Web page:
Based on observations from my own travels to first nations and Inuit communities across the country, I believe very strongly that improving the health of indigenous peoples in Canada must be a priority for our government.
The Truth and Reconciliation Commission of Canada has asked the federal government to close the gaps in health outcomes between aboriginal communities and non-aboriginal communities. That is exactly what we are currently doing.
Through budget 2017, we're proposing to invest $813 million in new money for health services for first nations and Inuit. This includes new money to increase community-based infectious disease programming, to expand access to nurse practitioners as well as physician services, to increase access to mental health and wellness services, and to increase home and community care services on reserve.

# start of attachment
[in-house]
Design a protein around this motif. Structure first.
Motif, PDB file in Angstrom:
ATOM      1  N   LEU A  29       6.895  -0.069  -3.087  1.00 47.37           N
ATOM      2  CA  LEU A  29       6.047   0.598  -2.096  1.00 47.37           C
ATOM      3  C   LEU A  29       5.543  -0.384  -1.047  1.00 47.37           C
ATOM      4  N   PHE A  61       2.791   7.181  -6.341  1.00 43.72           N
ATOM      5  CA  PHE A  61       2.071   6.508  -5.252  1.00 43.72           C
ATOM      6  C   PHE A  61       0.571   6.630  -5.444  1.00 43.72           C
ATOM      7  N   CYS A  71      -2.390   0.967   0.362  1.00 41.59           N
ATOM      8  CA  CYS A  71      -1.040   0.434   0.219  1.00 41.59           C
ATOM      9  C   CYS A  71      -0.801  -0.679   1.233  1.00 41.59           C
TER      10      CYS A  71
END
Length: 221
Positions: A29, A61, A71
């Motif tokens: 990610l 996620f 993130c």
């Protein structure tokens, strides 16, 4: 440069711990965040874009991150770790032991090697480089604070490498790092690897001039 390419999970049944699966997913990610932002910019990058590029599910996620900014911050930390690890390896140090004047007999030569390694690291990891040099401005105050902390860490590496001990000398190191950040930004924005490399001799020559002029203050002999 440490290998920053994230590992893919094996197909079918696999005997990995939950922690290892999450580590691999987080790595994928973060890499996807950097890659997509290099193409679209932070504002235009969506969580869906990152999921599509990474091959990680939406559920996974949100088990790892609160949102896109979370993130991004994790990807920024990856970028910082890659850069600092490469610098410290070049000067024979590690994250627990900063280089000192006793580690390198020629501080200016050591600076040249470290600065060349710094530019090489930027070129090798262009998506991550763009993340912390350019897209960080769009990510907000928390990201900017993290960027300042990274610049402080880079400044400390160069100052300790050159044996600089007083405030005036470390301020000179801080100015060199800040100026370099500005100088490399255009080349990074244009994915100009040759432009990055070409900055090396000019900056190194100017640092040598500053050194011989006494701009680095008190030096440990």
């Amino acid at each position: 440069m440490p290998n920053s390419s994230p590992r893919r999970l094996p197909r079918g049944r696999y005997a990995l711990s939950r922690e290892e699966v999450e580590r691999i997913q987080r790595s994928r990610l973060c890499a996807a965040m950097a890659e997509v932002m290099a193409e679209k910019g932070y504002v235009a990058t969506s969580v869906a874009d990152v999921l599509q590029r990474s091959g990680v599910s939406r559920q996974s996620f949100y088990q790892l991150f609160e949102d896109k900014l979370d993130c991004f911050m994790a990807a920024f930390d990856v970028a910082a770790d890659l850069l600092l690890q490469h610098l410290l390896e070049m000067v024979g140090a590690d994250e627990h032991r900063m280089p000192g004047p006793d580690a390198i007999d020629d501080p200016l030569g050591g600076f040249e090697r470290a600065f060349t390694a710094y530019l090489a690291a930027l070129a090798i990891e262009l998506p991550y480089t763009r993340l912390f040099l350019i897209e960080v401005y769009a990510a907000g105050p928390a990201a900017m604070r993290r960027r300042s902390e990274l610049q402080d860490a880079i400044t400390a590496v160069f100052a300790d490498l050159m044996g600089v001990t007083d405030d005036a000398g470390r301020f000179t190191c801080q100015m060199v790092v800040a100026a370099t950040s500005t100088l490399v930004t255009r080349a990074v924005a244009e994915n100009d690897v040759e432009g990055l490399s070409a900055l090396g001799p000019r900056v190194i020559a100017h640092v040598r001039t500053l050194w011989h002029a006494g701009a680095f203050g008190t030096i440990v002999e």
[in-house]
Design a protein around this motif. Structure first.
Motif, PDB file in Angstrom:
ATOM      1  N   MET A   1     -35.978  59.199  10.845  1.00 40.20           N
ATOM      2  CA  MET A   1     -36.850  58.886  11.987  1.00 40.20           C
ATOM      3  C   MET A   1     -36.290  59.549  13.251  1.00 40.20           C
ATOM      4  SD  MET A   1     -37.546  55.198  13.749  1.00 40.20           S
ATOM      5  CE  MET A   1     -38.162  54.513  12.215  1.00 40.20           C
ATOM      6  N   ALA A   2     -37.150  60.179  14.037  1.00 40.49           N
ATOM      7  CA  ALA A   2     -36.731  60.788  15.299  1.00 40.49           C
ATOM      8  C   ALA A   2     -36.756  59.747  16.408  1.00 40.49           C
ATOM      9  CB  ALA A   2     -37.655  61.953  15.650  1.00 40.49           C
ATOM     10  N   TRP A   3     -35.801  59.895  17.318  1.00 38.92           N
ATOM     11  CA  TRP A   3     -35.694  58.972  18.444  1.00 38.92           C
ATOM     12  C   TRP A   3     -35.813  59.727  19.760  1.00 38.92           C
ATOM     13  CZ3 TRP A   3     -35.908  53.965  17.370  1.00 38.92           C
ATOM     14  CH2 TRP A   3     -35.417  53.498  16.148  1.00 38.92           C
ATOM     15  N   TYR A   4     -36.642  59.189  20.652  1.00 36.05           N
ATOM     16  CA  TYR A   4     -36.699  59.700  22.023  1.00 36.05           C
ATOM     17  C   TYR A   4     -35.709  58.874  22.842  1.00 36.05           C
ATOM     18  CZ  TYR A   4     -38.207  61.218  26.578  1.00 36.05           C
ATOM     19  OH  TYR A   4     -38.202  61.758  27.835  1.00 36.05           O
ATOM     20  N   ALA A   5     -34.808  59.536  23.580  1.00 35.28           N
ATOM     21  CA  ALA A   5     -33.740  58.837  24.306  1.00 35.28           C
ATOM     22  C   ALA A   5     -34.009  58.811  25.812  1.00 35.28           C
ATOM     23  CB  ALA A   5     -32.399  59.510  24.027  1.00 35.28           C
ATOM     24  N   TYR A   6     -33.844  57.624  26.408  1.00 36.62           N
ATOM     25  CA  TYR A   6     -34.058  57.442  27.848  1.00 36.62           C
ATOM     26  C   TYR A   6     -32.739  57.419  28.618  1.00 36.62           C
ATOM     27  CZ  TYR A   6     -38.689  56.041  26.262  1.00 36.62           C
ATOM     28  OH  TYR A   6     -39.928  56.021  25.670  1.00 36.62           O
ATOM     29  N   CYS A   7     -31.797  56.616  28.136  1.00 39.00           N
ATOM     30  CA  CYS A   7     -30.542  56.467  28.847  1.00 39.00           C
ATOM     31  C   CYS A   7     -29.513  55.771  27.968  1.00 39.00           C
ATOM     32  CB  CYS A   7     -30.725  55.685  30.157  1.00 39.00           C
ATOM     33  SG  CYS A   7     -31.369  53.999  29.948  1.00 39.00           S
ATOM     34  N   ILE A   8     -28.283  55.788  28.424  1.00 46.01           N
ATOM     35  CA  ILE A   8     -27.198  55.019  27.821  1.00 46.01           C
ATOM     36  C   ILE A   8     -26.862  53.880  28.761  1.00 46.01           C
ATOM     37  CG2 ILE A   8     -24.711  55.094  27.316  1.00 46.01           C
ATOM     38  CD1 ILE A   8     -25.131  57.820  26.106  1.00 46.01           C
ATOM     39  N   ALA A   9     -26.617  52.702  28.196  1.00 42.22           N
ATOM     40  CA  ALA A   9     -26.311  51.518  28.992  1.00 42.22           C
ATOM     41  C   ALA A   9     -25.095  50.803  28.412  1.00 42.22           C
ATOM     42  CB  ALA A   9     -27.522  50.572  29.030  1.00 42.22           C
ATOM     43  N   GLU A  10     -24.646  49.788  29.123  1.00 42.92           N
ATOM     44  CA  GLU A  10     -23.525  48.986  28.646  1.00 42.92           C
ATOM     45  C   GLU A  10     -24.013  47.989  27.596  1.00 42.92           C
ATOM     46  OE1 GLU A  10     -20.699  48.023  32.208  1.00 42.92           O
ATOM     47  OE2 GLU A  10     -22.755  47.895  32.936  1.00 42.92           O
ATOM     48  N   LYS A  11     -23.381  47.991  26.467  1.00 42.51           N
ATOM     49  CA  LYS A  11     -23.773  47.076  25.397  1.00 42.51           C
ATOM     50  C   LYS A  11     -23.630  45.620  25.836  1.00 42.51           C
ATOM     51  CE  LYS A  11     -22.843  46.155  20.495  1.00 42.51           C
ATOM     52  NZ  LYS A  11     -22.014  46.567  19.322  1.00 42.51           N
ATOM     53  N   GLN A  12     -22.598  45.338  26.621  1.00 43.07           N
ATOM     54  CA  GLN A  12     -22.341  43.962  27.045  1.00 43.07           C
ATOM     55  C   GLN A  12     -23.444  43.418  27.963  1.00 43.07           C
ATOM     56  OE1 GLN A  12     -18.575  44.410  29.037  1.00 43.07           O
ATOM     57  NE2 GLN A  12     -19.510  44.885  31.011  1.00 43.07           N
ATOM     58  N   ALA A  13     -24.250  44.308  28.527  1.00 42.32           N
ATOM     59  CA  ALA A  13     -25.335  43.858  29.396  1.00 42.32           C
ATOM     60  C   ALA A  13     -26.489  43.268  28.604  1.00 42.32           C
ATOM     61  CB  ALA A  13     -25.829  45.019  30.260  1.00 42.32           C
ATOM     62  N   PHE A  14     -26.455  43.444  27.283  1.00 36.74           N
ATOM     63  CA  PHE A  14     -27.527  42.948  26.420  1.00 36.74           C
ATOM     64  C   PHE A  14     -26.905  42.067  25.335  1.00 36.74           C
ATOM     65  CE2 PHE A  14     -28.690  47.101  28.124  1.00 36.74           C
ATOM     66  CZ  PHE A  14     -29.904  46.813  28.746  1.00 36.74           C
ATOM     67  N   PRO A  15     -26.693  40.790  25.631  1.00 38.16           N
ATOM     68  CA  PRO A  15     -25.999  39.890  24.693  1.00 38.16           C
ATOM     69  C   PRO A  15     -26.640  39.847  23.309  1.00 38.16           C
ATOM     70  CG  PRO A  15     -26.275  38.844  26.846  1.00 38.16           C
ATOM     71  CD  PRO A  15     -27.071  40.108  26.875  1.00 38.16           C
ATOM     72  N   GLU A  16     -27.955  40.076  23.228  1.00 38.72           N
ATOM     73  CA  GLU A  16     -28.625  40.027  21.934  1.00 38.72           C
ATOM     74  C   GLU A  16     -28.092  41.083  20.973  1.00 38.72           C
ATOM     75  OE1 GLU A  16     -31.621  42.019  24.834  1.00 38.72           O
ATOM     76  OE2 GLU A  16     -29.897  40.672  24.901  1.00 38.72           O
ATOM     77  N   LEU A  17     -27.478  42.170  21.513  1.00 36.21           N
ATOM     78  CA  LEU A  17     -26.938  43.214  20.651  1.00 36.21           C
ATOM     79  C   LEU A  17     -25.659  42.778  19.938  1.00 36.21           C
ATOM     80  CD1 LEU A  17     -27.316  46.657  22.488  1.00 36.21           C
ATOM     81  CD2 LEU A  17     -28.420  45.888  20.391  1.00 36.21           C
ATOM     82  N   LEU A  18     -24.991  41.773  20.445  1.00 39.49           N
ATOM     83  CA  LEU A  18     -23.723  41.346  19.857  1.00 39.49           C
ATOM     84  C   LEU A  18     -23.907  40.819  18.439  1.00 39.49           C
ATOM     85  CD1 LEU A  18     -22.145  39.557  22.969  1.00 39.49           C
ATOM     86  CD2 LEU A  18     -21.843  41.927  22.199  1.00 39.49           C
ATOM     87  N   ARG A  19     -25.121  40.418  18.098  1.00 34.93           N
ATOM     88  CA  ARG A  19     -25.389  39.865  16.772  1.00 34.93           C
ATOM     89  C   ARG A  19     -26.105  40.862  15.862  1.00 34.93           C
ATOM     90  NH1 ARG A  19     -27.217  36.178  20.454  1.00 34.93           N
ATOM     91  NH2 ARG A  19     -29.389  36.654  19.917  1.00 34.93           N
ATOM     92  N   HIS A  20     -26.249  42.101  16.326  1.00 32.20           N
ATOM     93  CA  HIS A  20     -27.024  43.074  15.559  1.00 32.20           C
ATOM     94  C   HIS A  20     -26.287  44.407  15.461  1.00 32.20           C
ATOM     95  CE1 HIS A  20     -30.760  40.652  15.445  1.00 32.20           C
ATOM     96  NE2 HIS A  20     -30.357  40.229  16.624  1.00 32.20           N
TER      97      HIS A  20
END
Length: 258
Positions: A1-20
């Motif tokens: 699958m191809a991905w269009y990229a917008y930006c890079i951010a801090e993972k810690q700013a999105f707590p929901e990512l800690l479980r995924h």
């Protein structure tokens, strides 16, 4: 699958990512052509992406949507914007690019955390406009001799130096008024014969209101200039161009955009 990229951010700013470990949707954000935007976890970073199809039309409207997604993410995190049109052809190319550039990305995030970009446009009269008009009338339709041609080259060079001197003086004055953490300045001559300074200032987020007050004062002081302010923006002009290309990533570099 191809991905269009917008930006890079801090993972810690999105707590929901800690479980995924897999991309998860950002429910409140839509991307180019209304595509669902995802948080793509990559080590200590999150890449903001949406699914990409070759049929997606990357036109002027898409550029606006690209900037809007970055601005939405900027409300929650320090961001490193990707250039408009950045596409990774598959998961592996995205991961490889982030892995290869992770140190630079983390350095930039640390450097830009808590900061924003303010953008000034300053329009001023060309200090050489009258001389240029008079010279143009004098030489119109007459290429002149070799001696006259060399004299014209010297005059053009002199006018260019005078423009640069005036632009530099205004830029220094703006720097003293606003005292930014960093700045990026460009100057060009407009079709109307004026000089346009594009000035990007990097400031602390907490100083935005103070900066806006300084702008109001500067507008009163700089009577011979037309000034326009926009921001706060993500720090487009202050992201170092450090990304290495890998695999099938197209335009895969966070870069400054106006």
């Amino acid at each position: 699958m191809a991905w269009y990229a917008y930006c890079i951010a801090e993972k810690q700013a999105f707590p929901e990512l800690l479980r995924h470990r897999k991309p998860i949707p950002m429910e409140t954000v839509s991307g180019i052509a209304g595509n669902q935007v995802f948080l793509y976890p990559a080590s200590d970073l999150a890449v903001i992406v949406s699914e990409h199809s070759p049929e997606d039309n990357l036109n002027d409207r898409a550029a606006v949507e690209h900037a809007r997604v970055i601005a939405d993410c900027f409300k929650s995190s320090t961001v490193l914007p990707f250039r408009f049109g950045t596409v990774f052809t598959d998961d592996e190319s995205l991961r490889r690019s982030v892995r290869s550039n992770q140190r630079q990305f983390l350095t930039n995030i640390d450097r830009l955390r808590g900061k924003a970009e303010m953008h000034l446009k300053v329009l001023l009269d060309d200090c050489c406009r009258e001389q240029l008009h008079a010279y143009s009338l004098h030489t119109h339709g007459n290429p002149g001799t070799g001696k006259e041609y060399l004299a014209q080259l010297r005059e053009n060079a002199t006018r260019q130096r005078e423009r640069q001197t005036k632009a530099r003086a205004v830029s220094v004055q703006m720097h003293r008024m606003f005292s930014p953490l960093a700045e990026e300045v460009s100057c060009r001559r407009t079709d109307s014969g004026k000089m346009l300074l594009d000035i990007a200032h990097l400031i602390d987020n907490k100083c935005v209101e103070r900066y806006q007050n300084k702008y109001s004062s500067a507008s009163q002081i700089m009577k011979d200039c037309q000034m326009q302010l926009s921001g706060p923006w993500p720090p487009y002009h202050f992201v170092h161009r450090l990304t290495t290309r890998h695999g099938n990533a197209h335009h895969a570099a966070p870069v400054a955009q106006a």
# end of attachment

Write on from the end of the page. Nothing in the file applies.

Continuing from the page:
As you'll note in the main estimates, Health Canada's funding for first nations and Inuit health programs will increase by approximately $440 million this year. This will include $82 million for major repairs, expansions, and new construction of health infrastructure such as nursing stations, health centres, acute care facilities, as well as drug and alcohol treatment centres.
The estimates also include support for three other related matters: $58 million to continue implementing our legal obligations under the Indian Residential Schools Settlement Agreement; $27 million to provide first nations communities on reserve with access to safe, reliable water and waste-water systems; and $25 million to address urgent mental health needs in these communities.